Earlier this month, a side-by-side image of two magazines went viral — the magazine on the right, Boys' Life, had career advice and images of laboratory equipment, while the one on the left, Girls' Life, offered hair and makeup tips. The contrasting covers sparked a conversation about the gender divides that continue to persist in the U.S., even in 2016.
After seeing the disappointing images, one brave woman took it upon herself to "improve" the disappointing Girls' Life cover.
Katherine Young, a 31-year-old graphic designer, was shocked when she first saw the two covers next to each other. "A girlfriend of mine had posted it and I was so taken back I Googled the images to make sure they hadn't been photoshopped," she said in an email.
"The worst part for me was 'Wake Up Pretty,'" she said. "I mean what the hell kind of unattainable standards are we setting for kids? Being a girl is hard enough without thinking you are somehow a failure just by waking up in the morning."
So she decided to "fix" the Girls' Life cover and create an empowering version that she thought could be just as educational and inspiring for girls as the Boys' Life cover had been for boys.
"Honestly I put the cover together in less than 10 minutes," Young said. "I thought about all the things in a girl's life that could make her well-rounded and that is where the titles came from." She switched out the cover model for an image of Olivia Hallisey, the 17-year-old winner of the 2015 Google Science Fair.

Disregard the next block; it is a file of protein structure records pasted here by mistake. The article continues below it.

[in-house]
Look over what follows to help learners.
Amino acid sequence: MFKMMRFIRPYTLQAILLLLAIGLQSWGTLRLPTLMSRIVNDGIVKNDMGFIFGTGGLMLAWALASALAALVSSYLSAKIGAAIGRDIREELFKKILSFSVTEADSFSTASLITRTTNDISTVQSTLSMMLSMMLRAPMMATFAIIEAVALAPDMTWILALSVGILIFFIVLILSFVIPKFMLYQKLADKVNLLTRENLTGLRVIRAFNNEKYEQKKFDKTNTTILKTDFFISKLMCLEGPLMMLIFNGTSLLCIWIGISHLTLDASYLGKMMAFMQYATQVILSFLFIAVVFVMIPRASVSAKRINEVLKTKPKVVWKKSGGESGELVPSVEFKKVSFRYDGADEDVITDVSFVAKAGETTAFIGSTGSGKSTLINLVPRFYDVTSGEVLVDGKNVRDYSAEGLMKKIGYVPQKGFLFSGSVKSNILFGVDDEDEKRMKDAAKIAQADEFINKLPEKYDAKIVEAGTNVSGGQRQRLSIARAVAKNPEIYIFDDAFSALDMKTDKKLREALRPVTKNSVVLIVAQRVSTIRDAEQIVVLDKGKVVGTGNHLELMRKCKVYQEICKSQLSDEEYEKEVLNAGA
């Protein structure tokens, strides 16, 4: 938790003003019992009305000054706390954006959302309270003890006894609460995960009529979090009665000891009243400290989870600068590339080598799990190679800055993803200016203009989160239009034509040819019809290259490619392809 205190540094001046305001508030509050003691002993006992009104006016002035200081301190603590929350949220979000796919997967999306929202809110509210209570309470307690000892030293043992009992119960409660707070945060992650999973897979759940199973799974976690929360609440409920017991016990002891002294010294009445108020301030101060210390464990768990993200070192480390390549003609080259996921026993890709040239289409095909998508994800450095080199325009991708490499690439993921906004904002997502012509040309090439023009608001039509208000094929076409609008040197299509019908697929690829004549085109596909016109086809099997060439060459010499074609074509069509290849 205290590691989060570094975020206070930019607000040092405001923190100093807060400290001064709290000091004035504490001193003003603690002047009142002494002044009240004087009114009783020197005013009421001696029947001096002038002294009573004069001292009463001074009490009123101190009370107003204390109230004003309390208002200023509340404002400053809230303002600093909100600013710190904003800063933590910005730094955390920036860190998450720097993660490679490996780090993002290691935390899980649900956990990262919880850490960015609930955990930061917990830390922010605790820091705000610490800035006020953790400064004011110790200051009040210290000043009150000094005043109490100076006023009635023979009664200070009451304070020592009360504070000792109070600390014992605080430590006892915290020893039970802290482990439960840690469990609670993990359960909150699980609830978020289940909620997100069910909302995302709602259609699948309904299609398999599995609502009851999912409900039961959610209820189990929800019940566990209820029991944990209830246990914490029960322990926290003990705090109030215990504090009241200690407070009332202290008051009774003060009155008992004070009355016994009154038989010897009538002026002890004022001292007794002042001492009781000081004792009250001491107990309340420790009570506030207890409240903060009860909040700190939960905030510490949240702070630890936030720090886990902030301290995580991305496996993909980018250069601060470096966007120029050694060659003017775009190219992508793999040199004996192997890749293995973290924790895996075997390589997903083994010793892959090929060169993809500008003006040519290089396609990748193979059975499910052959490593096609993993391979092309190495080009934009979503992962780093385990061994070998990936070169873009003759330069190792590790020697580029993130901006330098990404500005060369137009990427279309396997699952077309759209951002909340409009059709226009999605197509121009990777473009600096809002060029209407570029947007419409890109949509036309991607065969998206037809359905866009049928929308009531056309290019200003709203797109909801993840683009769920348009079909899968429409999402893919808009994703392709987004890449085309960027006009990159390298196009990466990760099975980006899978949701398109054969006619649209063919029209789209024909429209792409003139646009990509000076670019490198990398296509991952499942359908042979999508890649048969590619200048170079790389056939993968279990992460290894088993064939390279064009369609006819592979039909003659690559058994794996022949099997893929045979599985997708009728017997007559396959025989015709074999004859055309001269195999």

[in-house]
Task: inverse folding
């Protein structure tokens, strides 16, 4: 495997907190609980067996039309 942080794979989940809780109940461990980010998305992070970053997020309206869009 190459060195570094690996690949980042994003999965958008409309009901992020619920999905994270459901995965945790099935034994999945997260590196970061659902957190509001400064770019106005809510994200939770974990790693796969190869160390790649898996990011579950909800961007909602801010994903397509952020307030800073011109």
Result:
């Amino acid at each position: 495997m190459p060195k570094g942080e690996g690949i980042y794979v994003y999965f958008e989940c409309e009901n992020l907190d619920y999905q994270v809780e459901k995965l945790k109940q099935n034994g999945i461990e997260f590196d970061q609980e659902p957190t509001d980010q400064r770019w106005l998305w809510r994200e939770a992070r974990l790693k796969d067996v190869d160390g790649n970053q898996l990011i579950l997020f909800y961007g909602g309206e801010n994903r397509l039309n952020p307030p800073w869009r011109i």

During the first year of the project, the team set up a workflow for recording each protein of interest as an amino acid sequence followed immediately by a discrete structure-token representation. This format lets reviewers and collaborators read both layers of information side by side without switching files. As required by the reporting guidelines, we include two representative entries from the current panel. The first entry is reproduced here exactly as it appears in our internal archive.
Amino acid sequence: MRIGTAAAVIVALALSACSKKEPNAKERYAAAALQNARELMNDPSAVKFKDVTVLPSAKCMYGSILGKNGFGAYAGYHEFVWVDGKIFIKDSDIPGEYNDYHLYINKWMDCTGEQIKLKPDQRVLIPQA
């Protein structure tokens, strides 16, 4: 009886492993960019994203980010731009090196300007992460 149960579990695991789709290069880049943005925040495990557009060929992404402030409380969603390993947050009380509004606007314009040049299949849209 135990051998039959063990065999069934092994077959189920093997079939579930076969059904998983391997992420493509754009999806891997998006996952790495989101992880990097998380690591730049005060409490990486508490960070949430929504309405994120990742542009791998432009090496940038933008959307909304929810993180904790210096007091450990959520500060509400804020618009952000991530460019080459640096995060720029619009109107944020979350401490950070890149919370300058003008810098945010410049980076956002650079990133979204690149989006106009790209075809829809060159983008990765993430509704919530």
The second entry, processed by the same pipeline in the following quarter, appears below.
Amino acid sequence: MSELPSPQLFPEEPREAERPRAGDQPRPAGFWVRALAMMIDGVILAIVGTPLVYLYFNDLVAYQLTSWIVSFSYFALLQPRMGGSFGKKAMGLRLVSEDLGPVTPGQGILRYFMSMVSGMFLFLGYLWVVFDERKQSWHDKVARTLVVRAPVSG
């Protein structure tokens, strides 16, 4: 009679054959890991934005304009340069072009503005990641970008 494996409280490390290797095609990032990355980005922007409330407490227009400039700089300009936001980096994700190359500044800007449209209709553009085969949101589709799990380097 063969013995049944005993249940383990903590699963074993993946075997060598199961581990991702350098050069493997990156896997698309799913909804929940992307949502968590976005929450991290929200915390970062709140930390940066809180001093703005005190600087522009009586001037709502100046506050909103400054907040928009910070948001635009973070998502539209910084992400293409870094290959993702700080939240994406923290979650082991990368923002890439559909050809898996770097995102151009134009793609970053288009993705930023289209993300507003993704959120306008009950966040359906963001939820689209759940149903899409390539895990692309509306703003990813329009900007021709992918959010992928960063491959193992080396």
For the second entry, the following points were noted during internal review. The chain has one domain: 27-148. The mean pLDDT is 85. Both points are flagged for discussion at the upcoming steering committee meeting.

For Young, fighting back against what she saw as the "unattainable standards" set by covers like the one she saw on Girls' Life was personal.
"I always felt like I wasn't good enough in my teens and early twenties because my jean size was too big and boys I liked never liked me," she said. "The popular clothes stores wouldn't even carry my size. It didn't matter that I was accomplished, had integrity, and achieved my goals one after another. I thought something was wrong with me because I didn't 'wake up pretty.'"
Young's version of the Girls' Life cover, which she posted on her personal blog, went viral and was shared all over social media. With the exception of a few trolls, the response to her version, she said, has been "overwhelming" and "heart-warming."
When reached for comment on Young's cover design, a Girls' Life spokesperson provided the following statement via email:
"We are so proud of every page in every single issue. Girls' Life serves a dynamic audience of 2.16 million tween and teen girls who have a variety of passions. That's why every issue is packed with a rich blend of content centered on friends, family, fun, fashion, community, crushes, crafts, cooking, confidence, futures, fun, fashion, role models, style, self-esteem and more. This meaningful mix is why we've won dozens of awards for our high-quality editorial and outstanding photography — and why we've been the #1 magazine for tweens and young teen girls since 1994."
Ultimately, Young hopes she can help people reconsider the messages we send young girls.
"We have to do better," Young said. "These messages are harmful to girls and boys alike. Girls need to be taught they are more than a pretty face and boys need to be taught that, too."